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Am J Respir Crit Care Med. 2006 Apr 1;173(7):736-43. Epub 2006 Jan 19.

Antiinflammatory effects of salmeterol/fluticasone propionate in chronic obstructive lung disease.

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Department of Respiratory Medicine, London Chest Hospital, London, UK.



No currently available treatment is reported to reduce the exaggerated airway wall inflammation of chronic obstructive pulmonary disease.


We tested the hypothesis that inhaled combined long-acting beta2-agonist (salmeterol) and corticosteroid (fluticasone propionate) will reduce inflammation.


Bronchial biopsies and induced sputum were taken from 140 current and former smokers (mean age, 64 yr) with moderate to severe disease, randomized in a 13-wk double-blind study to placebo (n = 73) or salmeterol/fluticasone propionate 50/500 microg (n = 67) twice daily. Biopsies were repeated at 12 wk and sputa at 8 and 13 wk. After adjustment for multiplicity, comparisons between active and placebo were made for median change from baseline in the numbers of biopsy CD8+ and CD68+ cells/mm2 and sputum neutrophils.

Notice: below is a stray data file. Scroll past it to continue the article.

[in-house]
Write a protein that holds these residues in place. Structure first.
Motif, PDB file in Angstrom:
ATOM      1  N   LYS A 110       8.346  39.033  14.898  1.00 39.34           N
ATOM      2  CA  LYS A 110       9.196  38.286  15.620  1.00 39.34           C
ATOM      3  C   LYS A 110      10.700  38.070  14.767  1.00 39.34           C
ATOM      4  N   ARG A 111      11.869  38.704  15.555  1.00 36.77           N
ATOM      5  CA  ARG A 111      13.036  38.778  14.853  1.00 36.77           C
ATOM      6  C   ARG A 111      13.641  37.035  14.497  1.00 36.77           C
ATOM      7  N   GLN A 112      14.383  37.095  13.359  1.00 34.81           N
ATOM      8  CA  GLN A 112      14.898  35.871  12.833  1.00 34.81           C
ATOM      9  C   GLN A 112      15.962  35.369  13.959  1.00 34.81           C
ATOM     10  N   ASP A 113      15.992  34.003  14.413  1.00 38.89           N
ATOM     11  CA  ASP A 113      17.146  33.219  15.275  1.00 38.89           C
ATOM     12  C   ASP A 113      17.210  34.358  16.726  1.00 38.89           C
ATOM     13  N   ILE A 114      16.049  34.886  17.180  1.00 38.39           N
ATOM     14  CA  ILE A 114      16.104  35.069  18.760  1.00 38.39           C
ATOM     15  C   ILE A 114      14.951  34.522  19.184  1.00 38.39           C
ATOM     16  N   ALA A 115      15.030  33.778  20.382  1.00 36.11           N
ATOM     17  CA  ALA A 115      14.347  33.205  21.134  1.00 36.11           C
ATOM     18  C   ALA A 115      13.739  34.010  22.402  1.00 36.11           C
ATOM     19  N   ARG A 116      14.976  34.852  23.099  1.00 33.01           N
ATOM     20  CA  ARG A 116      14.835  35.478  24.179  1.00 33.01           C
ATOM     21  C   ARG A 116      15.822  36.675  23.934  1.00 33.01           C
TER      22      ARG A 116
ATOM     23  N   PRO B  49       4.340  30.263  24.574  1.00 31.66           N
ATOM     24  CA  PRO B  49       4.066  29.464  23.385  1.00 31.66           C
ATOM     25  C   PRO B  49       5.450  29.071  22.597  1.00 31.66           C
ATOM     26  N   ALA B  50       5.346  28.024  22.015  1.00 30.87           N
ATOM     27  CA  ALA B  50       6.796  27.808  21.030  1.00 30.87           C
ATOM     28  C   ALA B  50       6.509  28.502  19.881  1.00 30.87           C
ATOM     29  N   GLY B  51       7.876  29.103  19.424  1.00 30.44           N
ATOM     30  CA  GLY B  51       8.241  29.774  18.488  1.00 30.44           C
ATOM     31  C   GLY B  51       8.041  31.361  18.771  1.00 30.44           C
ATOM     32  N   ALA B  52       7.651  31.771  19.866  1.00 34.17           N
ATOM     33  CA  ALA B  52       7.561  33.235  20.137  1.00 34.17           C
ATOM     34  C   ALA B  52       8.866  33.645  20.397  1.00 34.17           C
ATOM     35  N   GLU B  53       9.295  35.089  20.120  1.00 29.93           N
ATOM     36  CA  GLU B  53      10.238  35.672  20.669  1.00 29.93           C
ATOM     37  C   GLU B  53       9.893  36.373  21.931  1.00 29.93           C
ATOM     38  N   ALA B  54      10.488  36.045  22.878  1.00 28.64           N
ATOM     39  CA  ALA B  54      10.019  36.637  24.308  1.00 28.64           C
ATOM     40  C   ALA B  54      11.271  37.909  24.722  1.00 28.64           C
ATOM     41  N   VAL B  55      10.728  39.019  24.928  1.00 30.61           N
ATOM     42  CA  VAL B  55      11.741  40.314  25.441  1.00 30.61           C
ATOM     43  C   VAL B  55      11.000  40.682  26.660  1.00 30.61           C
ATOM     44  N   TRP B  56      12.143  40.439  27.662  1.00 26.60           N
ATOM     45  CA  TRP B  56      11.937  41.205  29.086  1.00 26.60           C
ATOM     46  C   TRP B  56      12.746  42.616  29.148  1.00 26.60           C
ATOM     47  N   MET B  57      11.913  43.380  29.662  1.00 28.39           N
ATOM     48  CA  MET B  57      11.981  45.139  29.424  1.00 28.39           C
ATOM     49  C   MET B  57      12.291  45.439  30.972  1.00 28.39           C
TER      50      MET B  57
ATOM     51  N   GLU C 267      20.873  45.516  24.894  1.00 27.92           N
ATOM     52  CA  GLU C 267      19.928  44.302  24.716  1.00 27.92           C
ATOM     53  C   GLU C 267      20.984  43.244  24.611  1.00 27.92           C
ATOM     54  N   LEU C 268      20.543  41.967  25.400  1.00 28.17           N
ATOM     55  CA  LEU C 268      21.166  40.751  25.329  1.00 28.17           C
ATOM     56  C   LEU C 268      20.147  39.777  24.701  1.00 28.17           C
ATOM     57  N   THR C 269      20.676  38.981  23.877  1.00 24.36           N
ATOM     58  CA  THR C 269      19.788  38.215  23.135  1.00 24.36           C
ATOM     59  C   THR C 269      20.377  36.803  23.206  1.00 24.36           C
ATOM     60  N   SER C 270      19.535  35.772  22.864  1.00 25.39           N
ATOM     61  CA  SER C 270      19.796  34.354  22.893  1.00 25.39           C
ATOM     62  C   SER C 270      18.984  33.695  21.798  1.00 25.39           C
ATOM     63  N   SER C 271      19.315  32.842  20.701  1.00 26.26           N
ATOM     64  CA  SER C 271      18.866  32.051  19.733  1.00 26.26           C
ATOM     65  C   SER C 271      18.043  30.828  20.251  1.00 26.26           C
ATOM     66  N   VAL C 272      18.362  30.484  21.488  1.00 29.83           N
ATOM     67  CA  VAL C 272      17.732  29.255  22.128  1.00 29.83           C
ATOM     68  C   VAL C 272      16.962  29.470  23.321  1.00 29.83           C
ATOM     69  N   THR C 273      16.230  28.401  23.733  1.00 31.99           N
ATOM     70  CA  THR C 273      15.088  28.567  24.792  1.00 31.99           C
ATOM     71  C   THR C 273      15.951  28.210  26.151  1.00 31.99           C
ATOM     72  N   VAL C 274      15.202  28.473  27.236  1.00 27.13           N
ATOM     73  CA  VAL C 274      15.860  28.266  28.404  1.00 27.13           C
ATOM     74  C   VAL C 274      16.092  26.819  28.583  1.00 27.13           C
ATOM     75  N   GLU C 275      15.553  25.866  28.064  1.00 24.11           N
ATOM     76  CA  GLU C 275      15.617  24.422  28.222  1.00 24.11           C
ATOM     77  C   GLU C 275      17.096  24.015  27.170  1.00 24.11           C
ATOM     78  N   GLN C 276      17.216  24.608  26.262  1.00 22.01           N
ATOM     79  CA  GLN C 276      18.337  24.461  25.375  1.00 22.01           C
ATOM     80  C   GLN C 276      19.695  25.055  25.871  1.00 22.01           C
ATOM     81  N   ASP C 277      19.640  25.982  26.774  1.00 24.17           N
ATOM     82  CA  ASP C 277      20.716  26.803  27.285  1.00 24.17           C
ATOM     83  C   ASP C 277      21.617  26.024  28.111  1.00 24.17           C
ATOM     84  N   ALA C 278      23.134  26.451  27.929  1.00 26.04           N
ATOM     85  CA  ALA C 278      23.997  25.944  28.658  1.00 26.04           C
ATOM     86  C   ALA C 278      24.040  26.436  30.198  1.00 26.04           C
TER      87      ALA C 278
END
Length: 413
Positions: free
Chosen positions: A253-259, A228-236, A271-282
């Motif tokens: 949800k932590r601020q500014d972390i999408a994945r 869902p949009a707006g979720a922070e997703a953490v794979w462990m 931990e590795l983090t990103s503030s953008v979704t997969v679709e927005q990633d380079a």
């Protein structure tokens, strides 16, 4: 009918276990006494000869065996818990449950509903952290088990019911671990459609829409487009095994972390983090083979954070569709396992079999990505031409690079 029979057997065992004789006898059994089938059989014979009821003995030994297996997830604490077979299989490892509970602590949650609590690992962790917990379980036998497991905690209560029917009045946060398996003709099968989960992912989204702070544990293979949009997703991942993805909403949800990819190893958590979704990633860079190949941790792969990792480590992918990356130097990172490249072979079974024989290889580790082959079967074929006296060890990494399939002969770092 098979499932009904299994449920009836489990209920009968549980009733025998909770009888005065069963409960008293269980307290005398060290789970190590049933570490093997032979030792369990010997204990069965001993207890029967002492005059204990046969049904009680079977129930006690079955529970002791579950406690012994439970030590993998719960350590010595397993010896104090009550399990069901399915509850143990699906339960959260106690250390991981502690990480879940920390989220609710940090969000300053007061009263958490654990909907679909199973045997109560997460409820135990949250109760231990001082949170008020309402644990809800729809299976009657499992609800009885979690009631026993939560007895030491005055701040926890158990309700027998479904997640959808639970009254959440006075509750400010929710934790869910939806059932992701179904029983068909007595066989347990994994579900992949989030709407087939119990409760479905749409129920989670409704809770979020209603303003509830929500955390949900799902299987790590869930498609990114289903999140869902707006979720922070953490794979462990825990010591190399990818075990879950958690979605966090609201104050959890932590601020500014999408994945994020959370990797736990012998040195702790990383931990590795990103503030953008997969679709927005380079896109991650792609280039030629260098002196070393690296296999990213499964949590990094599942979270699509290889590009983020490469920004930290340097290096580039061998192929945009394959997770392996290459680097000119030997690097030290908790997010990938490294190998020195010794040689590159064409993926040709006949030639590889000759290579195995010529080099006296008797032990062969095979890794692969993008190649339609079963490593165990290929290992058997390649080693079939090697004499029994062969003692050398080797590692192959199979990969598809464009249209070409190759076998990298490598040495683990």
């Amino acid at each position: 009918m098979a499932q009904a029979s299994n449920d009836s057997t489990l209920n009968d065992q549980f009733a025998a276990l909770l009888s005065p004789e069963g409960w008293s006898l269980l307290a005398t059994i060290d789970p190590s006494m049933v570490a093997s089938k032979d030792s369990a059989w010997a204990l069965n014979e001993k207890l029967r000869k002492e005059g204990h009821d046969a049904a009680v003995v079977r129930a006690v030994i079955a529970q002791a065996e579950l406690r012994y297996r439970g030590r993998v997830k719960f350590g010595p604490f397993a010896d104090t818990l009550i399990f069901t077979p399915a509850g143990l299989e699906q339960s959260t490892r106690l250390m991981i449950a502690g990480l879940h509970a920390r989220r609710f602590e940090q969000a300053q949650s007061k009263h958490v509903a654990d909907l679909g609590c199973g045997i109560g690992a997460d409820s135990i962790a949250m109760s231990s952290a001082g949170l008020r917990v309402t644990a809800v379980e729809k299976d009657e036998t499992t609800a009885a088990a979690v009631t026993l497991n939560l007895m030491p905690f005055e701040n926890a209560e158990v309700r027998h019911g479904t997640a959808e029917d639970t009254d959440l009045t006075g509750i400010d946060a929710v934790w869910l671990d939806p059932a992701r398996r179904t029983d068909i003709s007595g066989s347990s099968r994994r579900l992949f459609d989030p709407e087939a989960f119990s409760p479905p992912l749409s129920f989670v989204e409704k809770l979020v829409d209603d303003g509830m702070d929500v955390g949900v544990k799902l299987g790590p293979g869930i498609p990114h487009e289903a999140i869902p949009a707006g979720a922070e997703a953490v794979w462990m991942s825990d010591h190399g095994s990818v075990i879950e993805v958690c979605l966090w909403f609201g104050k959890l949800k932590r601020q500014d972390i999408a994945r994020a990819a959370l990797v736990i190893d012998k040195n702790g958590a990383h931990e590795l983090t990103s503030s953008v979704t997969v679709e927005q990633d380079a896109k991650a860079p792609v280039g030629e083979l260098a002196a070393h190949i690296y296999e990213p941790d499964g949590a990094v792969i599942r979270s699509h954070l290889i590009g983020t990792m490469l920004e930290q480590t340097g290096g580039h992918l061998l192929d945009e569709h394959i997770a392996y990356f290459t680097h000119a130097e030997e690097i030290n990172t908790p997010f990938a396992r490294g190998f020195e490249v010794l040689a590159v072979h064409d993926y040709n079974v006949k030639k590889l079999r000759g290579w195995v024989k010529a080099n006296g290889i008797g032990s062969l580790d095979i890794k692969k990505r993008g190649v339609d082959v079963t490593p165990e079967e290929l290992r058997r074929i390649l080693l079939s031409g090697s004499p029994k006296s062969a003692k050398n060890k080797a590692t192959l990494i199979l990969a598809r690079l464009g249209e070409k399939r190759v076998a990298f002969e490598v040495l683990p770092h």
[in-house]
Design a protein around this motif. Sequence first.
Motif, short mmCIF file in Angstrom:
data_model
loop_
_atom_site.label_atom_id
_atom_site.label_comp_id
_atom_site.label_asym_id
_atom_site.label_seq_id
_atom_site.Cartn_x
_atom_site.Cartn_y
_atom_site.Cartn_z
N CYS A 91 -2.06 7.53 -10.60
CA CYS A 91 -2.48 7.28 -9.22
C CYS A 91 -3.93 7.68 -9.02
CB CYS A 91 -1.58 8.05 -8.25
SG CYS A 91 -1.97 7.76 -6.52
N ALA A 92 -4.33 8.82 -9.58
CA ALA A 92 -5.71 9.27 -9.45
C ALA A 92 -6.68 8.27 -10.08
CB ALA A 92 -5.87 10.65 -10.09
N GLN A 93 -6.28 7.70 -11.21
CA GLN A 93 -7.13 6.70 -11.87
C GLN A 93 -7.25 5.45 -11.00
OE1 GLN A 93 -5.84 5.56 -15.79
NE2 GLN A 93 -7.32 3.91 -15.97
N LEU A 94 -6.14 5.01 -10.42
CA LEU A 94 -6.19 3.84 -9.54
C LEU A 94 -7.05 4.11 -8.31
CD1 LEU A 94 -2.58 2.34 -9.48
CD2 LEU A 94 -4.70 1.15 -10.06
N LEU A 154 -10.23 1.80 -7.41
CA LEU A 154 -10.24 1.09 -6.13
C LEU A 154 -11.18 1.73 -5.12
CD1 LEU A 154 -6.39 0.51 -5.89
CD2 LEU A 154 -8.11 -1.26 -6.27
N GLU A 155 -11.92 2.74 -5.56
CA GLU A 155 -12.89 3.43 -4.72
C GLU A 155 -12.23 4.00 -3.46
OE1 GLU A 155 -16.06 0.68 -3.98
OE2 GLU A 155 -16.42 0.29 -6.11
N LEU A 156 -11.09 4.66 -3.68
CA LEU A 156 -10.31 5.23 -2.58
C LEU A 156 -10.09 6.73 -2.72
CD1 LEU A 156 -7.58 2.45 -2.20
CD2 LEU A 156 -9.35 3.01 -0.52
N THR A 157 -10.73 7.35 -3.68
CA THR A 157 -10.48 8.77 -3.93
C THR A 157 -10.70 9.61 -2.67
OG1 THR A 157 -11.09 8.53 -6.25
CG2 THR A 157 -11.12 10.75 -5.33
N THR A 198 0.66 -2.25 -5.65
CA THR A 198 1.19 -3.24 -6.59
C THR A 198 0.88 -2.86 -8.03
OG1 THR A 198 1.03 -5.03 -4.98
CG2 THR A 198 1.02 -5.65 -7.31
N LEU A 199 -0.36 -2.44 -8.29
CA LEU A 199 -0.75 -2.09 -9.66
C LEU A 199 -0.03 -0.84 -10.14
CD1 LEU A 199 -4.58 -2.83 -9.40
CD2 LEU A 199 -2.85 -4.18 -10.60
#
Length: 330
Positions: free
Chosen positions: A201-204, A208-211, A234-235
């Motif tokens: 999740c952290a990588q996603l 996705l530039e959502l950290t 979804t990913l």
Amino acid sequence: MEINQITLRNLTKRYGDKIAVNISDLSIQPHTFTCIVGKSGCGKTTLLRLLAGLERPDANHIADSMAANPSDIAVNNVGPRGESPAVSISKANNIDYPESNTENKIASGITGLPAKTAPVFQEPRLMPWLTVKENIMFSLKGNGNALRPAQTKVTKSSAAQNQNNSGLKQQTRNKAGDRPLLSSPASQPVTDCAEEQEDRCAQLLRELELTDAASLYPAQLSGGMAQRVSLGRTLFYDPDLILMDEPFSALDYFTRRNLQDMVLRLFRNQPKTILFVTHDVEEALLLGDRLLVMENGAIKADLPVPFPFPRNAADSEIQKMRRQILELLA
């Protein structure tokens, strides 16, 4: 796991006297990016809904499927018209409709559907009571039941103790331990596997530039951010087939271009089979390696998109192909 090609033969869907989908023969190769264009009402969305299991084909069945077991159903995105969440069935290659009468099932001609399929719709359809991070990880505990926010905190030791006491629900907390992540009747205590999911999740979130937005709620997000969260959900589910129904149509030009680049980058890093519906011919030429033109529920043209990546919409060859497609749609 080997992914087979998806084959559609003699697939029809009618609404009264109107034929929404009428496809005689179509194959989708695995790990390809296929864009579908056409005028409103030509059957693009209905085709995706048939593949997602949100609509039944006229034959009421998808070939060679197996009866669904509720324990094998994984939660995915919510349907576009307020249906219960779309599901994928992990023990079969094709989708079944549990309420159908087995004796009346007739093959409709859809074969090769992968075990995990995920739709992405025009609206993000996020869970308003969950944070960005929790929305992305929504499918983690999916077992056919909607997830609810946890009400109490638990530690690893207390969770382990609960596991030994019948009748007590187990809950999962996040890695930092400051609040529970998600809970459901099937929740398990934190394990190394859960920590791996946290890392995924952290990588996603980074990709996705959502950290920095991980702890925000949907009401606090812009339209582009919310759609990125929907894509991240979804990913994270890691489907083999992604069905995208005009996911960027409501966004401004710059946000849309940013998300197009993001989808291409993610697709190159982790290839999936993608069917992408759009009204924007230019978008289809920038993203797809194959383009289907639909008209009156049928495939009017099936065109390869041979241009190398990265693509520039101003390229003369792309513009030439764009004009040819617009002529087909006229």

Combination therapy was associated with a reduction in biopsy CD8+ cells of -118 cells/mm2 (95% confidence interval [CI], -209 to -42; p = 0.02), a reduction of 36% over placebo (p = 0.001). CD68+ cells were unaffected by combination treatment. Sputum differential (but not total) neutrophils reduced progressively and, at Week 13, significantly with combination treatment (median treatment difference, 8.5%; 95% CI, 1.75%-15.25%; p = 0.04). The combination also significantly reduced biopsy CD45+ and CD4+ cells and cells expressing genes for tumor necrosis factor-alpha and IFN-gamma and sputum total eosinophils (all p < or = 0.03). These antiinflammatory effects were accompanied by a 173-ml (95% CI, 104-242; p < 0.001) improvement in prebronchodilator FEV1.


The combination of salmeterol and fluticasone propionate has a broad spectrum of antiinflammatory effects in both current and former smokers with chronic obstructive pulmonary disease, which may contribute to clinical efficacy.

[Indexed for MEDLINE]

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